Specter: Bush could face impeachment

    The powerful Republican chairman of the Senate Judiciary Committee admitted Sunday President Bush could face impeachment over his authorization for spying on Americans by the National Security Agency.

    “The remedy could be a variety of things, including impeachment or
    criminal prosecution, but the principal remedy … under our society is
    to pay a political price,” Pennsylvania Senator Arlen Specter told ABC’s “This Week.”

    “But,” Specter added.  “I don’t see any talk about impeachment here.”

    Even so, Specter said he and his fellow Republicans on the Judiciary Committee are “not going
    to give him a blank check, and just because we’re of the same party
    doesn’t mean we’re not going to look at this very closely.”

    Specter joins a
    growing chorus of Republicans and Democrats who are questioning the legal
    justification for spying on Americans by the super-secret NSA.

    Specter, who will hold hearings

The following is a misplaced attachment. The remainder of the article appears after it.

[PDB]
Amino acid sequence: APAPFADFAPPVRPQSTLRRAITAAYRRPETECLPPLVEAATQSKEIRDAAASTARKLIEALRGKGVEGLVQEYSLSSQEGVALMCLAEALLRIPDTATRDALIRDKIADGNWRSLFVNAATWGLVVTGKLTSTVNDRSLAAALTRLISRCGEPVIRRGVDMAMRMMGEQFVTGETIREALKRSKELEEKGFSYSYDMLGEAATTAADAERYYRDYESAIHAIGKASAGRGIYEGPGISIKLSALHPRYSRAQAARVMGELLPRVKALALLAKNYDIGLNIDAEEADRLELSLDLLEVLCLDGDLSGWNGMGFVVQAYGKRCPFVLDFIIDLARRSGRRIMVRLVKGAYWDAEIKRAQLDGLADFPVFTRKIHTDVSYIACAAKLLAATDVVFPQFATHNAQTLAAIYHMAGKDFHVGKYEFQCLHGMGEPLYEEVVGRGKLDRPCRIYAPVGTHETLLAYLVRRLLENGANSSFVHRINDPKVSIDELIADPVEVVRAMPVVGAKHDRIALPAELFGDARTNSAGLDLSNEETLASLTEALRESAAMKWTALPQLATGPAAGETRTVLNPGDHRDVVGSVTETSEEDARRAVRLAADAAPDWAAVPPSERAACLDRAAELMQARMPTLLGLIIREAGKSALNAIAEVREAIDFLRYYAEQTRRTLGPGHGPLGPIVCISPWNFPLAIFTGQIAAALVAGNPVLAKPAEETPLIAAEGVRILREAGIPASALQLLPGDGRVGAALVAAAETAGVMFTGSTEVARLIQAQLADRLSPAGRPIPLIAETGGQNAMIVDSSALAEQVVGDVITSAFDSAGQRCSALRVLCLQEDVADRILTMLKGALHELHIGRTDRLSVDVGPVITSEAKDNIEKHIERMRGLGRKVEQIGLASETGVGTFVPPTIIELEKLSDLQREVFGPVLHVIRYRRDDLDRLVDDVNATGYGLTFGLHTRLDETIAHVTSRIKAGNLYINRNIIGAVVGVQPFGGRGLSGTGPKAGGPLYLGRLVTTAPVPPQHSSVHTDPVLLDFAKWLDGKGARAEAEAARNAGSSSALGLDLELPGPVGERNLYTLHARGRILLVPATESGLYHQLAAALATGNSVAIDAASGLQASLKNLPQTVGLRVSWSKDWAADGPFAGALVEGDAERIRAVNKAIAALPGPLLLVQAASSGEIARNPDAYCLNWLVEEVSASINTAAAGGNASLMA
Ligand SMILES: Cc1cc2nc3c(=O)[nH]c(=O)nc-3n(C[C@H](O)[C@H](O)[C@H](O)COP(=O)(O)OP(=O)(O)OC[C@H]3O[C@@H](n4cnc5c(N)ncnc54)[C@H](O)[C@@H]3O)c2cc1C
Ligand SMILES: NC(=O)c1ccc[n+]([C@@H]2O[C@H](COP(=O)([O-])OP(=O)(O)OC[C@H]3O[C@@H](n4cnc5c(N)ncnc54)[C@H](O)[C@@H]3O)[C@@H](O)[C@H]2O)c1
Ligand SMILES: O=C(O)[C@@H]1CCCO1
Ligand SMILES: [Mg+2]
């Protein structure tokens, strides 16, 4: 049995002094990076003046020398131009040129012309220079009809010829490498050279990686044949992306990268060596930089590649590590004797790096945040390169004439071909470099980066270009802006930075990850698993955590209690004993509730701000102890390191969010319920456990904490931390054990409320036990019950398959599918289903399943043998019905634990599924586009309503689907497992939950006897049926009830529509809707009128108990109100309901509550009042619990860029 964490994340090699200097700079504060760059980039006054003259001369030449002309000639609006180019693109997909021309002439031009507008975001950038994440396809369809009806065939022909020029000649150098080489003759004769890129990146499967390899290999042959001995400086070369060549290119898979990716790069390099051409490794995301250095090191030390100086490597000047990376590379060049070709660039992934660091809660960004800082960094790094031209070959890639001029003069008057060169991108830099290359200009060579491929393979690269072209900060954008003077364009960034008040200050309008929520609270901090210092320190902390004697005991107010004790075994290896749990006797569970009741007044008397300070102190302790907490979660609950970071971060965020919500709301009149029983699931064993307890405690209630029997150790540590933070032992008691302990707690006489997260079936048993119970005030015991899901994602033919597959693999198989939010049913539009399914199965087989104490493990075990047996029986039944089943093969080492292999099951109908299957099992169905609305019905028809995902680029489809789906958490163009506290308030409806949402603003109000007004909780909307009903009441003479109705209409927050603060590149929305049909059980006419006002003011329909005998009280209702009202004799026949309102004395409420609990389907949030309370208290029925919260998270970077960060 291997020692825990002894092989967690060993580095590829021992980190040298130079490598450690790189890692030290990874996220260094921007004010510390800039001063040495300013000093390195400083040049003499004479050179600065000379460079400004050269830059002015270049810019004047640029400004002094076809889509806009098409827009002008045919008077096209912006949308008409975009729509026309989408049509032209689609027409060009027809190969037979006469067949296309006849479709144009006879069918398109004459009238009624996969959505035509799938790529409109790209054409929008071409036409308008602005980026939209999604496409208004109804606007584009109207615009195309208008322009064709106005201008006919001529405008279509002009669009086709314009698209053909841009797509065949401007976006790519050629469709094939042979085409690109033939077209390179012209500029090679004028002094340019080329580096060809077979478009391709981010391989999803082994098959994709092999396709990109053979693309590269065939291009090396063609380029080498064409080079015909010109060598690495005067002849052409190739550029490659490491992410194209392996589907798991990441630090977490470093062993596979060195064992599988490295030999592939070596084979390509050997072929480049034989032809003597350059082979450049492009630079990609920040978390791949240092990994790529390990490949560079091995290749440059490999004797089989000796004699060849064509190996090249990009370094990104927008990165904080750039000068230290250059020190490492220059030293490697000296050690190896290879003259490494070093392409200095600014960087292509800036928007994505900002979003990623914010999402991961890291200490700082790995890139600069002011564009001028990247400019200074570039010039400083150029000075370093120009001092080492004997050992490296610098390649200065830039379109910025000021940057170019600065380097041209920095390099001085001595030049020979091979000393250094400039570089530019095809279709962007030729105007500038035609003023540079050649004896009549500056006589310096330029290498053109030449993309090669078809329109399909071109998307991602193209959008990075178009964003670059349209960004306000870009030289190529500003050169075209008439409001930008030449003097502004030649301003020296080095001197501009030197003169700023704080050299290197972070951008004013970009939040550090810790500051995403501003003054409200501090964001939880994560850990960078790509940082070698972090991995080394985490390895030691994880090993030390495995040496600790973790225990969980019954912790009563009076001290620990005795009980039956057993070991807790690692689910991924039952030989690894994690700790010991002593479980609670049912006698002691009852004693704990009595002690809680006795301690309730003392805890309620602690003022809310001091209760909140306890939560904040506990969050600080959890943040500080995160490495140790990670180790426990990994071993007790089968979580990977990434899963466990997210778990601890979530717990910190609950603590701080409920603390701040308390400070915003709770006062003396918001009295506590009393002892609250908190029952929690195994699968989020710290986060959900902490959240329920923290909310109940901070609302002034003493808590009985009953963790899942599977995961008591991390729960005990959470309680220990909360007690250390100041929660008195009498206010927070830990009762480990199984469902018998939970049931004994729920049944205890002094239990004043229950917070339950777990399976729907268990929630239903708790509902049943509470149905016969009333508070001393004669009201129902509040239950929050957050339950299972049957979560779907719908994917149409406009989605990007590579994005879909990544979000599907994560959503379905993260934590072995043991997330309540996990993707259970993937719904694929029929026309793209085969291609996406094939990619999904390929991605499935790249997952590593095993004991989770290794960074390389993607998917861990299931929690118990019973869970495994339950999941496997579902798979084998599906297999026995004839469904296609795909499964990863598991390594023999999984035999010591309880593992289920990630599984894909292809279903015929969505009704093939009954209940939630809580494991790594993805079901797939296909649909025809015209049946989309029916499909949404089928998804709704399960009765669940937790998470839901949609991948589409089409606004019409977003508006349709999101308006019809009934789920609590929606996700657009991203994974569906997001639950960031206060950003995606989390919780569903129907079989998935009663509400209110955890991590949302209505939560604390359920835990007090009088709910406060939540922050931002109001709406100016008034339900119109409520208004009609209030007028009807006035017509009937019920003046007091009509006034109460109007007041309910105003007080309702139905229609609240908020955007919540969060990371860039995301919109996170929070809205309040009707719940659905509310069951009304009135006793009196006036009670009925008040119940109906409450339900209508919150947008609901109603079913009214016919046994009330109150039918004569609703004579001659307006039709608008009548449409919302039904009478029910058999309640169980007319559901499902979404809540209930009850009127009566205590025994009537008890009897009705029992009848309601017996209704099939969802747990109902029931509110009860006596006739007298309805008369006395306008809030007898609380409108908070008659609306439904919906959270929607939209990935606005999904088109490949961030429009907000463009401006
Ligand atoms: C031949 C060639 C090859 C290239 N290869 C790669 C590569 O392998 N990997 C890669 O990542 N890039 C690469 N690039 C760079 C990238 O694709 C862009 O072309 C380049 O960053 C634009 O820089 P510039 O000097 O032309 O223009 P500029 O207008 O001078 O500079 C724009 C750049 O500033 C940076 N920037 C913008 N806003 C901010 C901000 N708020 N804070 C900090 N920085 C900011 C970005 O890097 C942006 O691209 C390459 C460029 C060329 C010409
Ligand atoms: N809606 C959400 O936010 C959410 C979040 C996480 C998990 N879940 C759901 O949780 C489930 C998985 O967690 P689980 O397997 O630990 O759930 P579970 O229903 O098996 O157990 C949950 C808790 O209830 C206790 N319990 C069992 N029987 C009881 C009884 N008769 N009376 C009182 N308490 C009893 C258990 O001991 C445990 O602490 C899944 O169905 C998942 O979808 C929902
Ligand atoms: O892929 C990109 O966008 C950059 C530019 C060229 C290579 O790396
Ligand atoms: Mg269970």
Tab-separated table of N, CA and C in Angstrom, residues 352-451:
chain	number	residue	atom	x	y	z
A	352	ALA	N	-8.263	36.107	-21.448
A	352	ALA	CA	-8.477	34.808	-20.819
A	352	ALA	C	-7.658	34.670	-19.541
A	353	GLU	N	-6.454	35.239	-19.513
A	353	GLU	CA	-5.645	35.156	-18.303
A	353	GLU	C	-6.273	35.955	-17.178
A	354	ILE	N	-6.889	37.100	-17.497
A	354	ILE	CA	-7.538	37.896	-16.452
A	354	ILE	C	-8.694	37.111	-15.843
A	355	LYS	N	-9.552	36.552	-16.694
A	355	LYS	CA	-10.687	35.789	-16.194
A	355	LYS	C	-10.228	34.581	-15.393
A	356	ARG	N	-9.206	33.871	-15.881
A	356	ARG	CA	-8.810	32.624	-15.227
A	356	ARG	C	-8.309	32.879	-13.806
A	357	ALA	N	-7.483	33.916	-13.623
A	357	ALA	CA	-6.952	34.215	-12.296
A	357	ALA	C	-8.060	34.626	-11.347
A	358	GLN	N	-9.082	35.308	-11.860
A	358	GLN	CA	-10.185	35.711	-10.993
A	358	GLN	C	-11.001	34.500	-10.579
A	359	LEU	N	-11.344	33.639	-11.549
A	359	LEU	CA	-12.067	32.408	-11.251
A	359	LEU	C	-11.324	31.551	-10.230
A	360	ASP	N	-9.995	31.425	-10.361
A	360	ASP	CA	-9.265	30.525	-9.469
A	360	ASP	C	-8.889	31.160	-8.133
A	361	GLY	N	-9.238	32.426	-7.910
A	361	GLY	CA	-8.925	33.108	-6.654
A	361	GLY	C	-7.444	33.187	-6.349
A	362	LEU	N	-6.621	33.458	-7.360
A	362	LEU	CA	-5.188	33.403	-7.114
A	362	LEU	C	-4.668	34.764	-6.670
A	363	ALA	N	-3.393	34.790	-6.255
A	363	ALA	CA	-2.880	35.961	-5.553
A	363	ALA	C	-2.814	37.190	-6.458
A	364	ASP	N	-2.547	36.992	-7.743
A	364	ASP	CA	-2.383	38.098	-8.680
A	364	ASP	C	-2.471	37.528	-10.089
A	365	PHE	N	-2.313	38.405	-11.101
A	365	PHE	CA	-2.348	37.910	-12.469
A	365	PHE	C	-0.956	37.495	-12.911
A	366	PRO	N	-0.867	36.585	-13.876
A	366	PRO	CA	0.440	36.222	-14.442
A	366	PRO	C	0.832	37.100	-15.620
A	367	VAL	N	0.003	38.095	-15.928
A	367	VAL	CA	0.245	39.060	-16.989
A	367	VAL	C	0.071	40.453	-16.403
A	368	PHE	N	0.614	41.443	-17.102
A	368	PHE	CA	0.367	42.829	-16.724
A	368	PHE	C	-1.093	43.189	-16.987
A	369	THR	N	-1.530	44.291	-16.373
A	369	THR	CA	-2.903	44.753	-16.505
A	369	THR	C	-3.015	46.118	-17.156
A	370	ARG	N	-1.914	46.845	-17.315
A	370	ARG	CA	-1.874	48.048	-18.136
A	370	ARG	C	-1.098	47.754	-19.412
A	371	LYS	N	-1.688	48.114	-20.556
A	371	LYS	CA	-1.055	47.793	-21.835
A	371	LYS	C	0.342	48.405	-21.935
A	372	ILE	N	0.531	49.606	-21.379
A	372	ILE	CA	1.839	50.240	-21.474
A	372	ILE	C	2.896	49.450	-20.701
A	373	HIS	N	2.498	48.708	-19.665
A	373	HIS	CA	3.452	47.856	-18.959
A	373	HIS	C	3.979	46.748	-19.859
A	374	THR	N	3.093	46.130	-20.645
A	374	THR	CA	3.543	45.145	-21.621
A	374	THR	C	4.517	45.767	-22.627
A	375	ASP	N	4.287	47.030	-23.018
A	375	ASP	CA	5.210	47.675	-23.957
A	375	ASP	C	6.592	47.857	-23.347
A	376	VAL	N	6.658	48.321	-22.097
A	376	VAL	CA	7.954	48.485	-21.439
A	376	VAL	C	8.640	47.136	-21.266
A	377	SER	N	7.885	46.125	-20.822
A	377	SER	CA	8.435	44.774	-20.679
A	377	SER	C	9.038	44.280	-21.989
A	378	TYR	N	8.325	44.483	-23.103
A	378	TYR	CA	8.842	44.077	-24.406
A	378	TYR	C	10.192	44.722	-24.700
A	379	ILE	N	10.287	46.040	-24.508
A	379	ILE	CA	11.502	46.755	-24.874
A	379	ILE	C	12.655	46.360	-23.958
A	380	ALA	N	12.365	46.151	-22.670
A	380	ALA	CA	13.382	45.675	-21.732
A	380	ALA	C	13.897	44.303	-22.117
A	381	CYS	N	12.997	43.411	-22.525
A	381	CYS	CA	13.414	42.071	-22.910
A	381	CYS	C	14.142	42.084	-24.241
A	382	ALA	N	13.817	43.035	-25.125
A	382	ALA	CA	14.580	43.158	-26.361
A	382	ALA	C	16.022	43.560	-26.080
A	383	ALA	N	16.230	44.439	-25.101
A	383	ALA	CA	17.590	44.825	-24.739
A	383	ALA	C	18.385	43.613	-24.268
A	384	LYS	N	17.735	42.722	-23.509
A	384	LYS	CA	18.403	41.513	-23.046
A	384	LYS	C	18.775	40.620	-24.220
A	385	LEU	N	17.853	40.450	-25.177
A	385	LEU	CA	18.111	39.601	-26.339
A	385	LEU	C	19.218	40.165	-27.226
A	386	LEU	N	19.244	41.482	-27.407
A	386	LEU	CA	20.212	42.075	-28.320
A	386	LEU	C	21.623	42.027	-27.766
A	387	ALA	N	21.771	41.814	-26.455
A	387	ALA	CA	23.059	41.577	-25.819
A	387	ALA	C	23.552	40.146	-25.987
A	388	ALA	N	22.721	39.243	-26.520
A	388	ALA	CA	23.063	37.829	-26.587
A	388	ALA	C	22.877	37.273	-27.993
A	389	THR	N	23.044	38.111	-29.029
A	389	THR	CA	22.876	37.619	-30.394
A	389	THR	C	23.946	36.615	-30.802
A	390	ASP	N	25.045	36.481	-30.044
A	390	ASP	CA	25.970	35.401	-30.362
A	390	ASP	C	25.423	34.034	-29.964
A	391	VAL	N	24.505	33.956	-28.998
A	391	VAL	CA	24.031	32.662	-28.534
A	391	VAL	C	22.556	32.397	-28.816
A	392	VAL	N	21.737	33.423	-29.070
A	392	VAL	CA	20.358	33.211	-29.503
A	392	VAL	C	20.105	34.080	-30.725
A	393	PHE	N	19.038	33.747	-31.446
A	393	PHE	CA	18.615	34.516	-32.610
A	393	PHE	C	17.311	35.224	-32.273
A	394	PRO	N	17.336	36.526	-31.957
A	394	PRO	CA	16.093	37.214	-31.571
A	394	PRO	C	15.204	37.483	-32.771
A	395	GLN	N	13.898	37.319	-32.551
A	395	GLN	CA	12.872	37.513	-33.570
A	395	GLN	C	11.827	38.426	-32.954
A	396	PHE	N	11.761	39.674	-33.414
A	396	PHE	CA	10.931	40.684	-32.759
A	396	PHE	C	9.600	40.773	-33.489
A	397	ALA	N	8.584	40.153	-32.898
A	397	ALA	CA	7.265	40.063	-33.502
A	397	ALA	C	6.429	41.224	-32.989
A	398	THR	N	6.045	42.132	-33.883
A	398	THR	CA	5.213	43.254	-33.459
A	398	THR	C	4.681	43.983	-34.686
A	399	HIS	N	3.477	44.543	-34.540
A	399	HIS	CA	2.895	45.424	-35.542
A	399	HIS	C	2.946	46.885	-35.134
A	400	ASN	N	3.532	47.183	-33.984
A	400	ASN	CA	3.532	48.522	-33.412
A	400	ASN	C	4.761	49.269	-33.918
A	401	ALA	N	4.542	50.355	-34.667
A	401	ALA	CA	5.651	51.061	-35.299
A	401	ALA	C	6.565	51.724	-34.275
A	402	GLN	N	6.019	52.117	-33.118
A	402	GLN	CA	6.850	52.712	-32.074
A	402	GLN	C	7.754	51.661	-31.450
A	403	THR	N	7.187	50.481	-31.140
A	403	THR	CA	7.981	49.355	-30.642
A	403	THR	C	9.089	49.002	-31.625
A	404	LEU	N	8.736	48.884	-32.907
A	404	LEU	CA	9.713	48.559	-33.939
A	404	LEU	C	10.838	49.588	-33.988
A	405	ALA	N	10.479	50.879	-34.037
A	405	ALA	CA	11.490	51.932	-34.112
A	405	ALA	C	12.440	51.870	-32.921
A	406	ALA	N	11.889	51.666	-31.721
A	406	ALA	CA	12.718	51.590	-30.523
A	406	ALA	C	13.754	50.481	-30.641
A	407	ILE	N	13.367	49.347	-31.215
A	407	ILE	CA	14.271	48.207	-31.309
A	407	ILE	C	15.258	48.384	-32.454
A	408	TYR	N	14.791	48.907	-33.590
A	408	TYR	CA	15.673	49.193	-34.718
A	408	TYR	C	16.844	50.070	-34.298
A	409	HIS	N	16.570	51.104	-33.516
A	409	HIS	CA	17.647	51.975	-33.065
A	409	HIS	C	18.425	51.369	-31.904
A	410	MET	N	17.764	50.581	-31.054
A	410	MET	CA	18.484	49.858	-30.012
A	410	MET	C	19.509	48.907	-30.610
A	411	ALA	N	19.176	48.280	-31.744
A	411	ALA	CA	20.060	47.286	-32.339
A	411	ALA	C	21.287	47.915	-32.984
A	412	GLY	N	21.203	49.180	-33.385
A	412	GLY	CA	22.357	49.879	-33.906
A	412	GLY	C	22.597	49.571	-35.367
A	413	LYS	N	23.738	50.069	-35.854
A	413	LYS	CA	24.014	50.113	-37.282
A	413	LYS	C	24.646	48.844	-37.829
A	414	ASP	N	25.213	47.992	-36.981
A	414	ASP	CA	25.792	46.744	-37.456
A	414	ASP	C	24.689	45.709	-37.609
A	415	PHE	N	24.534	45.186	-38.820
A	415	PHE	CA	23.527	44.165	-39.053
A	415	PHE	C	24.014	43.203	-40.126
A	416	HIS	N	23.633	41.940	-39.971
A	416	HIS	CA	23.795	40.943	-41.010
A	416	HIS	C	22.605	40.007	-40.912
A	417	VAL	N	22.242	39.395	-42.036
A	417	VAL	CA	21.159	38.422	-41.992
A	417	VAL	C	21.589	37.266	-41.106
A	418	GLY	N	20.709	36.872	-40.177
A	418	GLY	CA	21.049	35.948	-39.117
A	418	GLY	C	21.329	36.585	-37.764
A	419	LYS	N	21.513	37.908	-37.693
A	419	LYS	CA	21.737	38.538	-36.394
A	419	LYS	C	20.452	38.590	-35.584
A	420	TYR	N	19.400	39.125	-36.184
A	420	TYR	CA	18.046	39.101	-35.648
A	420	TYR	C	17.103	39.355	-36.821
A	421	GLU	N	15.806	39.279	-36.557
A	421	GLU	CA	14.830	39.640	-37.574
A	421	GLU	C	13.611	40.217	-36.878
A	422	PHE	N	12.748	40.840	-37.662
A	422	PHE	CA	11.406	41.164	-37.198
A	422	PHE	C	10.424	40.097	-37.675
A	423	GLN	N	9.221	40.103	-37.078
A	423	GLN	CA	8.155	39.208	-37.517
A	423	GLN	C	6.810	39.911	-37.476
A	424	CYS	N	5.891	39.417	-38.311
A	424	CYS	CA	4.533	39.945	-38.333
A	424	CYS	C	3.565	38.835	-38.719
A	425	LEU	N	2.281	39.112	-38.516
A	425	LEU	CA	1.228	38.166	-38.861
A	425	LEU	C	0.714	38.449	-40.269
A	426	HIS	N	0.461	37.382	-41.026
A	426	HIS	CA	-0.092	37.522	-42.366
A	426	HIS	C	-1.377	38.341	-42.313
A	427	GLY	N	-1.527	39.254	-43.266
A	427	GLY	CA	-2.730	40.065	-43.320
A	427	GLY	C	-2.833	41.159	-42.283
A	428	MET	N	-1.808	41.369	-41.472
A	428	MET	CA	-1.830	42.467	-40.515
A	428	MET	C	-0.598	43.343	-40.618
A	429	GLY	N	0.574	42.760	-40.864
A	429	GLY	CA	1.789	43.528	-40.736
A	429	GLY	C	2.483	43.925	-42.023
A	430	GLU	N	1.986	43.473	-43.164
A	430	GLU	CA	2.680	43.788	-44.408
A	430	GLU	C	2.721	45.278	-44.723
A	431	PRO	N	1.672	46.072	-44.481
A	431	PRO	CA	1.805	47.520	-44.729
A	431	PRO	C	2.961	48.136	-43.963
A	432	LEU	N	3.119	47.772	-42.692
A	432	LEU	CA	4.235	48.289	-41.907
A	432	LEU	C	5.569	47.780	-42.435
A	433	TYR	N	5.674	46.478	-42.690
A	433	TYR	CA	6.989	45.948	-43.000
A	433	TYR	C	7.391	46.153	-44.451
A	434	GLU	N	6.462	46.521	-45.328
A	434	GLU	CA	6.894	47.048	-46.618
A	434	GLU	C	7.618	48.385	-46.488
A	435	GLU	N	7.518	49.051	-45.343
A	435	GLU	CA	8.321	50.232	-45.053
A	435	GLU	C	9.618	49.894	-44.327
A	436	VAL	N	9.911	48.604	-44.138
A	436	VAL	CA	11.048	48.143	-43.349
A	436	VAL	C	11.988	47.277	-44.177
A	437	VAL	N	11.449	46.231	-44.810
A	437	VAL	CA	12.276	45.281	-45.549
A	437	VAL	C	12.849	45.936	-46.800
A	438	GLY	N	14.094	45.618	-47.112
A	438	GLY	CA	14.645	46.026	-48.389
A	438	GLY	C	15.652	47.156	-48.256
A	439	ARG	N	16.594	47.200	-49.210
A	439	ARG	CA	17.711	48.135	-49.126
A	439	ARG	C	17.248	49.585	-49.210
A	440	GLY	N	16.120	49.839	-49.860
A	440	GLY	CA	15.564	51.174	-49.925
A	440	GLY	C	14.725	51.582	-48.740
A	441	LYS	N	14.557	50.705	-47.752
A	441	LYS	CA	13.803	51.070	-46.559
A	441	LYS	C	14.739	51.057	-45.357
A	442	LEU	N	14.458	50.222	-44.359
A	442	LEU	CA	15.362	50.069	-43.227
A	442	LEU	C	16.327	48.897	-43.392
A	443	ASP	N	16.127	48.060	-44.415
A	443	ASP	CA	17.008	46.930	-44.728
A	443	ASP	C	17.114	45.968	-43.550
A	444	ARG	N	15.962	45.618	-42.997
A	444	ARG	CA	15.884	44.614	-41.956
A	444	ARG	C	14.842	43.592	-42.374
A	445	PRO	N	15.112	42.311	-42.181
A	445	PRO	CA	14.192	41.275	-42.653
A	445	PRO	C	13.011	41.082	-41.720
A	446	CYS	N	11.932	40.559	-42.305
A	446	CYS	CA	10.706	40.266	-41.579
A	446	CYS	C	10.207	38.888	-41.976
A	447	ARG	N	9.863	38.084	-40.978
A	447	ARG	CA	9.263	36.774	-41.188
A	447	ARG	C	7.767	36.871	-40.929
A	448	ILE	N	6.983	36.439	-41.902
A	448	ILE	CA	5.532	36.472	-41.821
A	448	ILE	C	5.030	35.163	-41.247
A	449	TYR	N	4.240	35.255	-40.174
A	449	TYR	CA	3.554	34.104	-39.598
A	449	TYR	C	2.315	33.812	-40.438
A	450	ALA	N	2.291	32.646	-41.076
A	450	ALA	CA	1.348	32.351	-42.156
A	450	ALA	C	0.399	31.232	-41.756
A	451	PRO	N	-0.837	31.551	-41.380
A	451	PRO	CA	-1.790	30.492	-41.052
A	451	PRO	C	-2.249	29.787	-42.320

next month on the decision to allow the NSA program without court approval, said he has told Bush administration
    officials he believes they are on shaky legal ground.

    has pointed to a congressional resolution passed after the attacks of
    Sept. 11, 2001, that authorized him to use force in the fight against
    terrorism as allowing him to order the program. The program authorized
    eavesdropping of international phone calls and e-mails of people deemed
    a terror risk.

    “I thought they were wrong,” Specter said on ABC’s
    “This Week.” “There still may be different collateral powers under
    wartime situations. That is a knotty question.”

    A number of
    members of Specter’s committee, including GOP Sen. Sam Brownback of
    Kansas, have expressed doubt about the administration’s legal basis.
    The hearings, planned for early February, will feature Attorney General
    Alberto Gonzales.

    Specter noted that
    impeachment and criminal prosecution are possibilities in the event a
    president acted unconstitutionally.

    But Specter added: “I don’t
    see any talk about impeachment here. I don’t think anyone doubts the
    president is making a good-faith effort. He’s acting in a way that he
    feels he must.”